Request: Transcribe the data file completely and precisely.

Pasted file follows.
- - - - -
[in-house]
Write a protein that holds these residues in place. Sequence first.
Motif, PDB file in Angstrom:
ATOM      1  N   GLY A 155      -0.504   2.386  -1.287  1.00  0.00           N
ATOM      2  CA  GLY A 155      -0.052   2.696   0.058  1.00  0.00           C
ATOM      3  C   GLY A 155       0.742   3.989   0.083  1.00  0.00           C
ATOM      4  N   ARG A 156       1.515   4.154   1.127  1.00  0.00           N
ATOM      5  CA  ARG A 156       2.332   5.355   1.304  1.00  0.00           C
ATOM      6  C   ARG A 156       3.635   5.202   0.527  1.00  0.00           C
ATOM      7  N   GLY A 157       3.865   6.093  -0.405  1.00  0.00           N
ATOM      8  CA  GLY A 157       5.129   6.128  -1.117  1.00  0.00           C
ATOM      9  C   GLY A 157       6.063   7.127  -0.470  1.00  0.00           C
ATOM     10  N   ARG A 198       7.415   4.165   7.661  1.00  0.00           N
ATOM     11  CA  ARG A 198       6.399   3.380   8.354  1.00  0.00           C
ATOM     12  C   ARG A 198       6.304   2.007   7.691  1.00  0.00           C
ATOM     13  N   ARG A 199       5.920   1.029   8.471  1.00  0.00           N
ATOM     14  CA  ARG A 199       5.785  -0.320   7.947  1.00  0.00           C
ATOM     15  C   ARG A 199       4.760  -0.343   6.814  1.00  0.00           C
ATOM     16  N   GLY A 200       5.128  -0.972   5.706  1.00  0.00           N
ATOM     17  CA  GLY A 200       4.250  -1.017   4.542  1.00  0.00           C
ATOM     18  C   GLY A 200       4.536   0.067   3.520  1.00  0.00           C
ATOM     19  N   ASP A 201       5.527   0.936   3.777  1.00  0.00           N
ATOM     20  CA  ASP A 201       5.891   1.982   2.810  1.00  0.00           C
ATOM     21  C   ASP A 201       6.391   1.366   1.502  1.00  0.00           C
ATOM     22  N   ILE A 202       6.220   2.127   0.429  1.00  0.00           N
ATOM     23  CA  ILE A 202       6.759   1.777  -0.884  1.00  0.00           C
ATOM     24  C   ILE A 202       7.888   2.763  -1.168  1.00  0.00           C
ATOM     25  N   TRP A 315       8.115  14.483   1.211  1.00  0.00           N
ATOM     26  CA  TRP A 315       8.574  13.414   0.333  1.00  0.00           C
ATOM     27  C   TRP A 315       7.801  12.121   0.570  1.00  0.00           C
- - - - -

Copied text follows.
[in-house]
Write a protein that holds these residues in place. Sequence first.
Motif, PDB file in Angstrom:
ATOM      1  N   GLY A 155      -0.504   2.386  -1.287  1.00  0.00           N
ATOM      2  CA  GLY A 155      -0.052   2.696   0.058  1.00  0.00           C
ATOM      3  C   GLY A 155       0.742   3.989   0.083  1.00  0.00           C
ATOM      4  N   ARG A 156       1.515   4.154   1.127  1.00  0.00           N
ATOM      5  CA  ARG A 156       2.332   5.355   1.304  1.00  0.00           C
ATOM      6  C   ARG A 156       3.635   5.202   0.527  1.00  0.00           C
ATOM      7  N   GLY A 157       3.865   6.093  -0.405  1.00  0.00           N
ATOM      8  CA  GLY A 157       5.129   6.128  -1.117  1.00  0.00           C
ATOM      9  C   GLY A 157       6.063   7.127  -0.470  1.00  0.00           C
ATOM     10  N   ARG A 198       7.415   4.165   7.661  1.00  0.00           N
ATOM     11  CA  ARG A 198       6.399   3.380   8.354  1.00  0.00           C
ATOM     12  C   ARG A 198       6.304   2.007   7.691  1.00  0.00           C
ATOM     13  N   ARG A 199       5.920   1.029   8.471  1.00  0.00           N
ATOM     14  CA  ARG A 199       5.785  -0.320   7.947  1.00  0.00           C
ATOM     15  C   ARG A 199       4.760  -0.343   6.814  1.00  0.00           C
ATOM     16  N   GLY A 200       5.128  -0.972   5.706  1.00  0.00           N
ATOM     17  CA  GLY A 200       4.250  -1.017   4.542  1.00  0.00           C
ATOM     18  C   GLY A 200       4.536   0.067   3.520  1.00  0.00           C
ATOM     19  N   ASP A 201       5.527   0.936   3.777  1.00  0.00           N
ATOM     20  CA  ASP A 201       5.891   1.982   2.810  1.00  0.00           C
ATOM     21  C   ASP A 201       6.391   1.366   1.502  1.00  0.00           C
ATOM     22  N   ILE A 202       6.220   2.127   0.429  1.00  0.00           N
ATOM     23  CA  ILE A 202       6.759   1.777  -0.884  1.00  0.00           C
ATOM     24  C   ILE A 202       7.888   2.763  -1.168  1.00  0.00           C
ATOM     25  N   TRP A 315       8.115  14.483   1.211  1.00  0.00           N
ATOM     26  CA  TRP A 315       8.574  13.414   0.333  1.00  0.00           C
ATOM     27  C   TRP A 315       7.801  12.121   0.570  1.00  0.00           C